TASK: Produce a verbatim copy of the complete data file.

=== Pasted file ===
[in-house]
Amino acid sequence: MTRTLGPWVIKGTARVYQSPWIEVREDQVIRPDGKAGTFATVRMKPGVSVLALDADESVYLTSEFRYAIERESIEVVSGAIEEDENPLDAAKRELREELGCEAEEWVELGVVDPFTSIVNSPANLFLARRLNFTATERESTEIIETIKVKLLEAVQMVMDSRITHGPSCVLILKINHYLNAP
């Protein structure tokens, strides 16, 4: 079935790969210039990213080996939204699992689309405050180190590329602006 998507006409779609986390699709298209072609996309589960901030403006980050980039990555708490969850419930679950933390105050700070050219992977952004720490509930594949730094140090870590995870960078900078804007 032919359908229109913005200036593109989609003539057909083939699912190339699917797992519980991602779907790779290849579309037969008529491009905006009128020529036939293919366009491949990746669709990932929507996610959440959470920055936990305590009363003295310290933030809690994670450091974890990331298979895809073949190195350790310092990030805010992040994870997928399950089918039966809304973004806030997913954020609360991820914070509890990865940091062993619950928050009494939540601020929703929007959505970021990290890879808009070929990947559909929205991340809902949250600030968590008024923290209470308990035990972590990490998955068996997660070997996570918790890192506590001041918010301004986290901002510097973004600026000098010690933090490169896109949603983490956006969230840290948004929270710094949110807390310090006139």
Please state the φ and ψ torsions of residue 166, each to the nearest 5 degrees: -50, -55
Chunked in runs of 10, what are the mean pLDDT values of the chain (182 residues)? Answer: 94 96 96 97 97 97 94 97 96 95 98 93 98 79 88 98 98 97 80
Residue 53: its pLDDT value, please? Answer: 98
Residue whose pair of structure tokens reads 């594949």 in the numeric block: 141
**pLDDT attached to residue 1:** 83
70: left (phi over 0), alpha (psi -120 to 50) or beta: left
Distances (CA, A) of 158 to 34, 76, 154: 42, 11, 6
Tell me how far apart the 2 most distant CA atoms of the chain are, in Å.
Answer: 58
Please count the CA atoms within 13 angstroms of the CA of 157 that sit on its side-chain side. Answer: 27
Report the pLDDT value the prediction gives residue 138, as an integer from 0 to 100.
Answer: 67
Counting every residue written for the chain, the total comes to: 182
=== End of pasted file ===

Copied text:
[in-house]
Amino acid sequence: MTRTLGPWVIKGTARVYQSPWIEVREDQVIRPDGKAGTFATVRMKPGVSVLALDADESVYLTSEFRYAIERESIEVVSGAIEEDENPLDAAKRELREELGCEAEEWVELGVVDPFTSIVNSPANLFLARRLNFTATERESTEIIETIKVKLLEAVQMVMDSRITHGPSCVLILKINHYLNAP
């Protein structure tokens, strides 16, 4: 079935790969210039990213080996939204699992689309405050180190590329602006 998507006409779609986390699709298209072609996309589960901030403006980050980039990555708490969850419930679950933390105050700070050219992977952004720490509930594949730094140090870590995870960078900078804007 032919359908229109913005200036593109989609003539057909083939699912190339699917797992519980991602779907790779290849579309037969008529491009905006009128020529036939293919366009491949990746669709990932929507996610959440959470920055936990305590009363003295310290933030809690994670450091974890990331298979895809073949190195350790310092990030805010992040994870997928399950089918039966809304973004806030997913954020609360991820914070509890990865940091062993619950928050009494939540601020929703929007959505970021990290890879808009070929990947559909929205991340809902949250600030968590008024923290209470308990035990972590990490998955068996997660070997996570918790890192506590001041918010301004986290901002510097973004600026000098010690933090490169896109949603983490956006969230840290948004929270710094949110807390310090006139």
Please state the φ and ψ torsions of residue 166, each to the nearest 5 degrees: -50, -55
Chunked in runs of 10, what are the mean pLDDT values of the chain (182 residues)? Answer: 94 96 96 97 97 97 94 97 96 95 98 93 98 79 88 98 98 97 80
Residue 53: its pLDDT value, please? Answer: 98
Residue whose pair of structure tokens reads 């594949």 in the numeric block: 141
**pLDDT attached to residue 1:** 83
70: left (phi over 0), alpha (psi -120 to 50) or beta: left
Distances (CA, A) of 158 to 34, 76, 154: 42, 11, 6
Tell me how far apart the 2 most distant CA atoms of the chain are, in Å.
Answer: 58
Please count the CA atoms within 13 angstroms of the CA of 157 that sit on its side-chain side. Answer: 27
Report the pLDDT value the prediction gives residue 138, as an integer from 0 to 100.
Answer: 67
Counting every residue written for the chain, the total comes to: 182